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but despite that, if one does not have

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Arabic, one should at least attempt to learn it devotionally to be able to recite it, and then just to take a portion of it each day, and and to try to look into the meanings from from whatever translations that you can find as long as they're good ones. So that is, I think one of the most important practices that one can do every day and I'm always bewildered by people that have a lot of elbow rod, and yet they don't have a serious word from the Quran. Like I would put the Quran for any rod.

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And and the teachers that I've had like models that had led me have totally San Juan de karela and his liquor was the Quran. He just Mashallah he constantly recited around Chicagoland Bay Yeah, I spent many, many

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a good deal amount of time with him. Constant recitation of put on constantly and also constantly Come on new meanings. I mean, I, I had a really extraordinary and I'll and I'll conclude with this, I had a very extraordinary experience the other day, because I had I, you know, I had this little makeshift sundial, and I fortunately, where we live in California, there's a lot of sun and model that has always measured every single day when the sun was out, he always measured the shadows to determine the prayer times every single day. And there's a hadith in Al hakam, or the liner that says that the best of the service allied or a bad dealer, under the new euro on a hill letter what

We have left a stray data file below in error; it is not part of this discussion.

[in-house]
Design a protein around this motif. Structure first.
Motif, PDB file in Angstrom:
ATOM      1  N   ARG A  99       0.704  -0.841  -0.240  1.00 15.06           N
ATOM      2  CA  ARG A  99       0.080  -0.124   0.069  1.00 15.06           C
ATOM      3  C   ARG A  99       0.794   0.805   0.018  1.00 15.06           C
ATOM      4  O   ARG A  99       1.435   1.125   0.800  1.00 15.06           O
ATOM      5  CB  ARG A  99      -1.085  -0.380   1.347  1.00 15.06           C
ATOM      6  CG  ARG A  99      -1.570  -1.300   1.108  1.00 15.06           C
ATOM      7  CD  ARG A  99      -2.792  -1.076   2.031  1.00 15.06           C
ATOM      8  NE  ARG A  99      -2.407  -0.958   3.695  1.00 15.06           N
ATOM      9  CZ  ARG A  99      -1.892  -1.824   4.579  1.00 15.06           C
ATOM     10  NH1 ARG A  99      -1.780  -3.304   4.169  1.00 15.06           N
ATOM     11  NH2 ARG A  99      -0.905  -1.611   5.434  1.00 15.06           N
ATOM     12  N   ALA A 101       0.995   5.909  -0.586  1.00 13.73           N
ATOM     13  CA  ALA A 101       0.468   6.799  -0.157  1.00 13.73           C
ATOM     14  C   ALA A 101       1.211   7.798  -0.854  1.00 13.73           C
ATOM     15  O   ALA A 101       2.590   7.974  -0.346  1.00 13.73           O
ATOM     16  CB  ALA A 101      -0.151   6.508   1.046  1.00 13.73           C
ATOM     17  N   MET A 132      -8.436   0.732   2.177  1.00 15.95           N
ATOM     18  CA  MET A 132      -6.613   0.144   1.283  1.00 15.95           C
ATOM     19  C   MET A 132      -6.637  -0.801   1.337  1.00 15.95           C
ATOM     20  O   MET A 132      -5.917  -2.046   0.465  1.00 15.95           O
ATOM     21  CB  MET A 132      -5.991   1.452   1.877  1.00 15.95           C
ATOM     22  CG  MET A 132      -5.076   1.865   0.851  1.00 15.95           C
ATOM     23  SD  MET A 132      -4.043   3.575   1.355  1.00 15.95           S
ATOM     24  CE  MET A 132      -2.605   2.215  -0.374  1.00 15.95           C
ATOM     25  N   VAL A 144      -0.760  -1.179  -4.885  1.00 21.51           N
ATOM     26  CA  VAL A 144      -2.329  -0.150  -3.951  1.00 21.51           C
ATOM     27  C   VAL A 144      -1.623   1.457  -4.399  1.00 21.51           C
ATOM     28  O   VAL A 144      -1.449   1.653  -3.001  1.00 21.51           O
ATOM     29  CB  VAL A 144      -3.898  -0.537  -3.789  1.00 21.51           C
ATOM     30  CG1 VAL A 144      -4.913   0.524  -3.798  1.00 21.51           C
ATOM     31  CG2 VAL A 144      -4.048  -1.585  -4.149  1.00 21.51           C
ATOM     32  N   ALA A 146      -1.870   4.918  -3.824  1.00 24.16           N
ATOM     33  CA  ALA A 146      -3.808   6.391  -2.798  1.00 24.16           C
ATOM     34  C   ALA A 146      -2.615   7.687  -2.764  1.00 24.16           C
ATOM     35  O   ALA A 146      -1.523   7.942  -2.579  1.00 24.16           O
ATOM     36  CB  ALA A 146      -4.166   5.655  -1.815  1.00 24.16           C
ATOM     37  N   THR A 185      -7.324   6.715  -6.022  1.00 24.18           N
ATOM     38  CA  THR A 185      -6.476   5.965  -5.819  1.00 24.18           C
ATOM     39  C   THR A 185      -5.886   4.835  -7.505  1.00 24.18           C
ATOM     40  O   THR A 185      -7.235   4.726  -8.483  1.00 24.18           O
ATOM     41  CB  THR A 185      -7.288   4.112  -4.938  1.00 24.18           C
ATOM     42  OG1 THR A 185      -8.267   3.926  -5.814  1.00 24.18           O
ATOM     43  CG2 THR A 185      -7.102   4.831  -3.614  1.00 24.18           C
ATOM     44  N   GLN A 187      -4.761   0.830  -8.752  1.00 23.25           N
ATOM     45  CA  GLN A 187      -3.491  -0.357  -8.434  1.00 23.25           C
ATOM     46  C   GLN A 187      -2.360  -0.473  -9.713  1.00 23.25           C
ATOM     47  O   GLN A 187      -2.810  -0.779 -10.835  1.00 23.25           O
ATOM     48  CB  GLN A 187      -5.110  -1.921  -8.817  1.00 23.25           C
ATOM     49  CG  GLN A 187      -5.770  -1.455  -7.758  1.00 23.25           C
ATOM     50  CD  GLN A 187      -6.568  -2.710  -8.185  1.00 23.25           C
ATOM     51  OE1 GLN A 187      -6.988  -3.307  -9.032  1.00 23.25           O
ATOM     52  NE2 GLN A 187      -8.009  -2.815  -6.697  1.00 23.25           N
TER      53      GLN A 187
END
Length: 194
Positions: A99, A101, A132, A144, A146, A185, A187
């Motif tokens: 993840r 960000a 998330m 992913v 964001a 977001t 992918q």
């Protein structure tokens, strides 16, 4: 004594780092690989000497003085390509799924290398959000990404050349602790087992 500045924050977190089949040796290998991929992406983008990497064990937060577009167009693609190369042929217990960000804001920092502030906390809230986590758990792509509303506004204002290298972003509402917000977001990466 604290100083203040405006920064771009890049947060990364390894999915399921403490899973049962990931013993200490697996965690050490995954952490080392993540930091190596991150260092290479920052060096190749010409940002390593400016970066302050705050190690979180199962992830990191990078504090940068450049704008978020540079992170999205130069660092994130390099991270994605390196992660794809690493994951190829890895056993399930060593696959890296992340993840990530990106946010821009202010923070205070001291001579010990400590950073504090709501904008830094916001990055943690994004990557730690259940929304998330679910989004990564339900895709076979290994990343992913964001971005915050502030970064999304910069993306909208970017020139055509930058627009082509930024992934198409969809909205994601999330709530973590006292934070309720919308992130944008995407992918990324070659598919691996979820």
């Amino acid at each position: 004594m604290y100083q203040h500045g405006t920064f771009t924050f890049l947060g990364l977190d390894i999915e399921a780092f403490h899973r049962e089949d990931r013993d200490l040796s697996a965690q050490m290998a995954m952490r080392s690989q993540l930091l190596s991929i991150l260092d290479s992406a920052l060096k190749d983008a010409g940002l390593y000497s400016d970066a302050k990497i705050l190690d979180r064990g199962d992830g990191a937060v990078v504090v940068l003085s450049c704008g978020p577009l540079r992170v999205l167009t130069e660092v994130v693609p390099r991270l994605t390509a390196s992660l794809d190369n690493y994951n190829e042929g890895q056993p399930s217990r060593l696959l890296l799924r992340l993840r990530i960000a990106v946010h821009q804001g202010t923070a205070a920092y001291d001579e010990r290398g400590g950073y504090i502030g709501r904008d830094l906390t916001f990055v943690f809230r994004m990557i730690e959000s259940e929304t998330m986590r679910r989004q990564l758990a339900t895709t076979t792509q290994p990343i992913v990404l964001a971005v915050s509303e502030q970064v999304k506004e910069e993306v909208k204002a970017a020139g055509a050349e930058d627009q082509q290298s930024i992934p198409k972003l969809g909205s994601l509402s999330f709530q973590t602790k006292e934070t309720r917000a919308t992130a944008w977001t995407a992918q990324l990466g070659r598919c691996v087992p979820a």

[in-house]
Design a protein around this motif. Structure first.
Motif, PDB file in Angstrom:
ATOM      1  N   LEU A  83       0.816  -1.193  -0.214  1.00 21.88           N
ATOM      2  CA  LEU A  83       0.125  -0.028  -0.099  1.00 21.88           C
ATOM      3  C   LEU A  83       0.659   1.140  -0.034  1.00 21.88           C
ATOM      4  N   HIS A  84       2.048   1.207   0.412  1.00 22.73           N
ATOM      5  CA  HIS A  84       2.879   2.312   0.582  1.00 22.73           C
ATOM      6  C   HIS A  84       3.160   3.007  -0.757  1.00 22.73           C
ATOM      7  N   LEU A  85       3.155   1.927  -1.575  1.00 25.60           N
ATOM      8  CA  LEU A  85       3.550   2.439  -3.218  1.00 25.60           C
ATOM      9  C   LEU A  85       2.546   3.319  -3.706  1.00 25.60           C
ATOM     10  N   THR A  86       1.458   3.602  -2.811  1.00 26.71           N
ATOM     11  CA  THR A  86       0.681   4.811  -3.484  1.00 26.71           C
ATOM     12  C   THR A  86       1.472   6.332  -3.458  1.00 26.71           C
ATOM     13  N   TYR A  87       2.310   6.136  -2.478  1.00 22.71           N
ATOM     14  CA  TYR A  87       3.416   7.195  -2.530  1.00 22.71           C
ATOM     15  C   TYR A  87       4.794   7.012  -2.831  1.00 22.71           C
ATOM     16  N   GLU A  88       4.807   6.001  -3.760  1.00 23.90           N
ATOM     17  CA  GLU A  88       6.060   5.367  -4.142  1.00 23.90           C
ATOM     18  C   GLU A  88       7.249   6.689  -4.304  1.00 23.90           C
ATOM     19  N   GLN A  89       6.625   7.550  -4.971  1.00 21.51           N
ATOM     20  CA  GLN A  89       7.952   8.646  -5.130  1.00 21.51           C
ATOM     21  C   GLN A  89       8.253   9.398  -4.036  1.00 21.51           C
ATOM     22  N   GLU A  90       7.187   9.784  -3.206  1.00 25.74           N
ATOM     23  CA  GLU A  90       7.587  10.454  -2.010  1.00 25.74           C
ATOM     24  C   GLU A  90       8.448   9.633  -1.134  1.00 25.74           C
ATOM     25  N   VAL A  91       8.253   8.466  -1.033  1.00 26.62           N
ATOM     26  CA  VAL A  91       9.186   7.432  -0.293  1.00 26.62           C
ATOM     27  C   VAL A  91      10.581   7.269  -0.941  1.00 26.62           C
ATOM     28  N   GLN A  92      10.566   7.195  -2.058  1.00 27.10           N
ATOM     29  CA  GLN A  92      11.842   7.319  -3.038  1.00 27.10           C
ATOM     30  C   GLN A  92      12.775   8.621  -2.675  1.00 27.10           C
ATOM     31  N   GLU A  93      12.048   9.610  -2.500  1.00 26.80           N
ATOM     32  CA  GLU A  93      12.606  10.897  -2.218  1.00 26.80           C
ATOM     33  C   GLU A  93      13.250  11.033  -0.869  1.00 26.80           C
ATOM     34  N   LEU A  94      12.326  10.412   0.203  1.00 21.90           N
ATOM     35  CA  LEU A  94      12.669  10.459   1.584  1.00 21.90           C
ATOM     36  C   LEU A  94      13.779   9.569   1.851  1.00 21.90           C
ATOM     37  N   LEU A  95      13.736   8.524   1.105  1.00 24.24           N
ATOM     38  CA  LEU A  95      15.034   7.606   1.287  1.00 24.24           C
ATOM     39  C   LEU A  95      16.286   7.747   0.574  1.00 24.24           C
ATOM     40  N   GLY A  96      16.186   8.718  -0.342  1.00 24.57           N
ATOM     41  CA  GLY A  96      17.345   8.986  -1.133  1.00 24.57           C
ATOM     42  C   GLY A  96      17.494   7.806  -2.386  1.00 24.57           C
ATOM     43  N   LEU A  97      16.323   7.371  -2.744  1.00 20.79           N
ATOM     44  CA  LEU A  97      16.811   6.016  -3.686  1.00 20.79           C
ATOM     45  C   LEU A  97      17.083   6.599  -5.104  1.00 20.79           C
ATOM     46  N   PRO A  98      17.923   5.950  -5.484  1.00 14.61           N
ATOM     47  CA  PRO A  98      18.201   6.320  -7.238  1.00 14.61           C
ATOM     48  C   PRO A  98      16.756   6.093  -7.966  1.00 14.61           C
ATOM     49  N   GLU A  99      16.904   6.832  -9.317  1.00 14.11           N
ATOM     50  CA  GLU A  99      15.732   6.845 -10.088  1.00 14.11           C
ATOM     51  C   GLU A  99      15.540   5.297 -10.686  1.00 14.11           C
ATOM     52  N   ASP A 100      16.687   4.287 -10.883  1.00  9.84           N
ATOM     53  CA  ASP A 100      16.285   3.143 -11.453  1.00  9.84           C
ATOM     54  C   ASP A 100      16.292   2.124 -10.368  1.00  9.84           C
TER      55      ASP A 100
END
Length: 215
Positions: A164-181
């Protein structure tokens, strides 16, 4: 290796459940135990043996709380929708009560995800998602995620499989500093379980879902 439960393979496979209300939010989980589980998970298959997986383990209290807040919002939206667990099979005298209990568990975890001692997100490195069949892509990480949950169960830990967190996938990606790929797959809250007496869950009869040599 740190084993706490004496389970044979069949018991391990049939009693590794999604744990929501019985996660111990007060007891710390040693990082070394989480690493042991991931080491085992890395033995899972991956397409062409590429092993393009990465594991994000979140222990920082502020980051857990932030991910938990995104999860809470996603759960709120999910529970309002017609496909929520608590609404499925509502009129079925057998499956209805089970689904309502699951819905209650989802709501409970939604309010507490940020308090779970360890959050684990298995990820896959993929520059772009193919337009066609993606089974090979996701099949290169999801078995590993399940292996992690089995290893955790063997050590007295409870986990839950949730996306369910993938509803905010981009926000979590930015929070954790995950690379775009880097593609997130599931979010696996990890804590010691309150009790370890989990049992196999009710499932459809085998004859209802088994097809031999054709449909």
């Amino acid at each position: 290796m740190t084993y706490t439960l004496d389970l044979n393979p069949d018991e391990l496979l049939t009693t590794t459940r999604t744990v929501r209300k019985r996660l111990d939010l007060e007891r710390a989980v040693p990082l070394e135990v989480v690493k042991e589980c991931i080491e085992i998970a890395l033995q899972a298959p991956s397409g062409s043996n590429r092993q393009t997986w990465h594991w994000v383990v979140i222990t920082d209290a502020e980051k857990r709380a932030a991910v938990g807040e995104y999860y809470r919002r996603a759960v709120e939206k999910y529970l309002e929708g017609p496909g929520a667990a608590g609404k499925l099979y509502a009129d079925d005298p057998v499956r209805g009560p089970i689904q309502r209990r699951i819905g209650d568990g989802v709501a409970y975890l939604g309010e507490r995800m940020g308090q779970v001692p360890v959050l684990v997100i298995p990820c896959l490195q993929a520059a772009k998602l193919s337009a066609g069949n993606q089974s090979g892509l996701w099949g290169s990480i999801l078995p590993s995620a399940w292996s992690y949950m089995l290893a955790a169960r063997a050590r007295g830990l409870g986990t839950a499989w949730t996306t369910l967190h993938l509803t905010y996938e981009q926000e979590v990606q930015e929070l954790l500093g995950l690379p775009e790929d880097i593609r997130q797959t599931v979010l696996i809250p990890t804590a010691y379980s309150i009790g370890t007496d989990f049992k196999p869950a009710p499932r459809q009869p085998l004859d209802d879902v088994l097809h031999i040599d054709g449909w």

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letter they currently that the best of the servants of God are those who who are constant in their vigilance of monitoring the shadows, and the new moons as a way of remembering God. And these are them. What are the known people that call people to prayer? So traditionally, that's how they did it, they would measure the shadows. And so he did that every single day and he taught me how to do that. More law. And so I was measuring the shadow but I sat there watching I had a little makeshift

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sundial and the gnomon, which was a pencil poked into a paper plate. And so I had it set to North

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And I was watching it as it moved

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past the, the the construction of due north, which is the beginning of law. And according to him and autofac in his book, dude, he says it's India.

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The shrimps

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on

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COVID this summer be datasheet and why he didn't.

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So the sun has something called sdwa, which is where it sits for a few moments. At the 90 degree, if you look at the earth as a flat plane, which by shadia, it is even though we know that it's round now, but the experience of it will always be flat. So you look at it, it's basically a semicircle of 180 degrees. So when the sun rises in the West at at the zero degree moves up when it reaches the 90 degree geometrically, that's called sdwa. You stairway so it sits at that point for a few minutes, and then it will begin to move across. So that one data is low hot, once it gets to 91 degrees. That's the thought it takes four minutes from the sky from the point of the Xena. So I was watching

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this and you can actually see the shadow. It's very subtle, but you can actually see it move pretty quickly. I mean, it'll move very slightly. So I was watching it for a few minutes move. And I thought of the verse in the Quran in surah Ted for Khan, which says, oh, what I'm Tara Vika k for med the will have you not considered how your Lord moves the shadow.

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What OSHA the Gerardo sakeena and had he wanted, he would have made it stationary. In other words, not moving.

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So this is what Allah subhana wa tada says in the Oran, and so there I am literally considering as a lot told me to do,